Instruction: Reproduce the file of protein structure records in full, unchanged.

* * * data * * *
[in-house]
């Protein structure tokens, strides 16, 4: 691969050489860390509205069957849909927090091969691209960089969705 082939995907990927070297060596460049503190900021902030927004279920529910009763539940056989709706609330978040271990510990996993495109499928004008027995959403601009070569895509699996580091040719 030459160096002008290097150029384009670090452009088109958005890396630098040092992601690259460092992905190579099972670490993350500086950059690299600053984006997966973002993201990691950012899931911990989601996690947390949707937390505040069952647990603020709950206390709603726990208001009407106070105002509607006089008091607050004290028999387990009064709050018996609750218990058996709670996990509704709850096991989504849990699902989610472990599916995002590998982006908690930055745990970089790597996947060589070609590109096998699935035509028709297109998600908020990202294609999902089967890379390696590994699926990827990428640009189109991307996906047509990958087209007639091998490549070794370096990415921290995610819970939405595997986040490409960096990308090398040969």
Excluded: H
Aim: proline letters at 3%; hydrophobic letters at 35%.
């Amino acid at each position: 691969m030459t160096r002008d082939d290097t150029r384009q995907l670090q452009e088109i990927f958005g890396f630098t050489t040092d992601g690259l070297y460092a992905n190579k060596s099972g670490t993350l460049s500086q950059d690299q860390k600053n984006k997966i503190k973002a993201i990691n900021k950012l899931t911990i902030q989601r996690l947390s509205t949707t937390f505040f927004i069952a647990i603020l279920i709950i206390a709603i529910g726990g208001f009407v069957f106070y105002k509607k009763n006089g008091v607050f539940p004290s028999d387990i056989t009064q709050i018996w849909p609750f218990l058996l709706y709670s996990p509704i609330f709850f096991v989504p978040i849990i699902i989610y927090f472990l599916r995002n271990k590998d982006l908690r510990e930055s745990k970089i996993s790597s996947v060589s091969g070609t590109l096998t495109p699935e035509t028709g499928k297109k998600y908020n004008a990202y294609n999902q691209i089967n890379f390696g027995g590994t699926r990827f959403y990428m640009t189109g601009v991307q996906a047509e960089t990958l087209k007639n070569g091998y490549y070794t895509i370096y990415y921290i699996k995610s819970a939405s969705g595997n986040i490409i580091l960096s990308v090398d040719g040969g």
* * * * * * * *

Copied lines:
[in-house]
């Protein structure tokens, strides 16, 4: 691969050489860390509205069957849909927090091969691209960089969705 082939995907990927070297060596460049503190900021902030927004279920529910009763539940056989709706609330978040271990510990996993495109499928004008027995959403601009070569895509699996580091040719 030459160096002008290097150029384009670090452009088109958005890396630098040092992601690259460092992905190579099972670490993350500086950059690299600053984006997966973002993201990691950012899931911990989601996690947390949707937390505040069952647990603020709950206390709603726990208001009407106070105002509607006089008091607050004290028999387990009064709050018996609750218990058996709670996990509704709850096991989504849990699902989610472990599916995002590998982006908690930055745990970089790597996947060589070609590109096998699935035509028709297109998600908020990202294609999902089967890379390696590994699926990827990428640009189109991307996906047509990958087209007639091998490549070794370096990415921290995610819970939405595997986040490409960096990308090398040969």
Excluded: H
Aim: proline letters at 3%; hydrophobic letters at 35%.
């Amino acid at each position: 691969m030459t160096r002008d082939d290097t150029r384009q995907l670090q452009e088109i990927f958005g890396f630098t050489t040092d992601g690259l070297y460092a992905n190579k060596s099972g670490t993350l460049s500086q950059d690299q860390k600053n984006k997966i503190k973002a993201i990691n900021k950012l899931t911990i902030q989601r996690l947390s509205t949707t937390f505040f927004i069952a647990i603020l279920i709950i206390a709603i529910g726990g208001f009407v069957f106070y105002k509607k009763n006089g008091v607050f539940p004290s028999d387990i056989t009064q709050i018996w849909p609750f218990l058996l709706y709670s996990p509704i609330f709850f096991v989504p978040i849990i699902i989610y927090f472990l599916r995002n271990k590998d982006l908690r510990e930055s745990k970089i996993s790597s996947v060589s091969g070609t590109l096998t495109p699935e035509t028709g499928k297109k998600y908020n004008a990202y294609n999902q691209i089967n890379f390696g027995g590994t699926r990827f959403y990428m640009t189109g601009v991307q996906a047509e960089t990958l087209k007639n070569g091998y490549y070794t895509i370096y990415y921290i699996k995610s819970a939405s969705g595997n986040i490409i580091l960096s990308v090398d040719g040969g």